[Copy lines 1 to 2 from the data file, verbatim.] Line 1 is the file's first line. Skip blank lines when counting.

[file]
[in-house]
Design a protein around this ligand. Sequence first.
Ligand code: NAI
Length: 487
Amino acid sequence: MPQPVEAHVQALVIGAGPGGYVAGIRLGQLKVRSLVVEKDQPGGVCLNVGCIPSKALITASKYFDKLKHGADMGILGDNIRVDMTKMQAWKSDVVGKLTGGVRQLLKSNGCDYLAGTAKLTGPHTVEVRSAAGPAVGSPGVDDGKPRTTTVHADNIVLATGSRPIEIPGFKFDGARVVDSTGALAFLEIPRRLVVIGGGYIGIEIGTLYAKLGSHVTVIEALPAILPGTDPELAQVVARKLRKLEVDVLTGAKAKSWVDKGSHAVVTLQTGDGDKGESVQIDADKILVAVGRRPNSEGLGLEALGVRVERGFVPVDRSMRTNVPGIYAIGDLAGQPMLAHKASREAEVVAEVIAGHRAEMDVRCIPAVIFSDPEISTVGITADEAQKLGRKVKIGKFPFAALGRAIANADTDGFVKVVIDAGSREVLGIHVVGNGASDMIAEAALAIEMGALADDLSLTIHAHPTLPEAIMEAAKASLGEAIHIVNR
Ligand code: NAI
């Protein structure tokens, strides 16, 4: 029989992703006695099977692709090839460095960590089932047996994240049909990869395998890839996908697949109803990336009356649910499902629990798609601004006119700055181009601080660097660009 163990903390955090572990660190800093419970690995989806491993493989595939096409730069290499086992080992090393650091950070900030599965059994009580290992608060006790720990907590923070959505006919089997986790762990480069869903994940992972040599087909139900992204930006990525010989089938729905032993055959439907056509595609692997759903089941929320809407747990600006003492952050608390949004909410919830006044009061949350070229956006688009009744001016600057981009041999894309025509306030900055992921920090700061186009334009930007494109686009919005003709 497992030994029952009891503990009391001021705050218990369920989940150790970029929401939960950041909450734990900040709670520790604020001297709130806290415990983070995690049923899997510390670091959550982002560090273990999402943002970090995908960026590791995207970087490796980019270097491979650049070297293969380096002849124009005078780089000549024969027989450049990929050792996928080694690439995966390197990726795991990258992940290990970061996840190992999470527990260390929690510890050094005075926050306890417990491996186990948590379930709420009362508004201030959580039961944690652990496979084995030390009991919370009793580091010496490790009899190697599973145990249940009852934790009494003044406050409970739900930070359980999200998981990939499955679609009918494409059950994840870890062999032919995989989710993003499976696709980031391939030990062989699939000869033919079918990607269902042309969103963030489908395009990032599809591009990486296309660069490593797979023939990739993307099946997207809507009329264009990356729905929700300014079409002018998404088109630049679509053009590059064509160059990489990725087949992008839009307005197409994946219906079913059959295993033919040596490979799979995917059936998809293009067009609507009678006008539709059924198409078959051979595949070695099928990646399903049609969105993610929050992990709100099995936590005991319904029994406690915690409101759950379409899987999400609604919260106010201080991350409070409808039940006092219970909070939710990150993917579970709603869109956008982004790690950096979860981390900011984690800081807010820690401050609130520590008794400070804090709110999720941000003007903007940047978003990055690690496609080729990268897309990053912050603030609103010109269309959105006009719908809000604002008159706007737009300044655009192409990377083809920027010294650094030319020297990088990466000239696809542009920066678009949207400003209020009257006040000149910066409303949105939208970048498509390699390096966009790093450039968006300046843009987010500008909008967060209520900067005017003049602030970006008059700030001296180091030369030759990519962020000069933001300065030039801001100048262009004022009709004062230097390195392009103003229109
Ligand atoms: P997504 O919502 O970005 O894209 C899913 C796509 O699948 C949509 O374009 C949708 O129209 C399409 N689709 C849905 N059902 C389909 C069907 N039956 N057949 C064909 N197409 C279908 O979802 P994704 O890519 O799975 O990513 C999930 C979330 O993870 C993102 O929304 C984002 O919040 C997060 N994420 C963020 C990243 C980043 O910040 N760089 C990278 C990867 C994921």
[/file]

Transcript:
[in-house]
Design a protein around this ligand. Sequence first.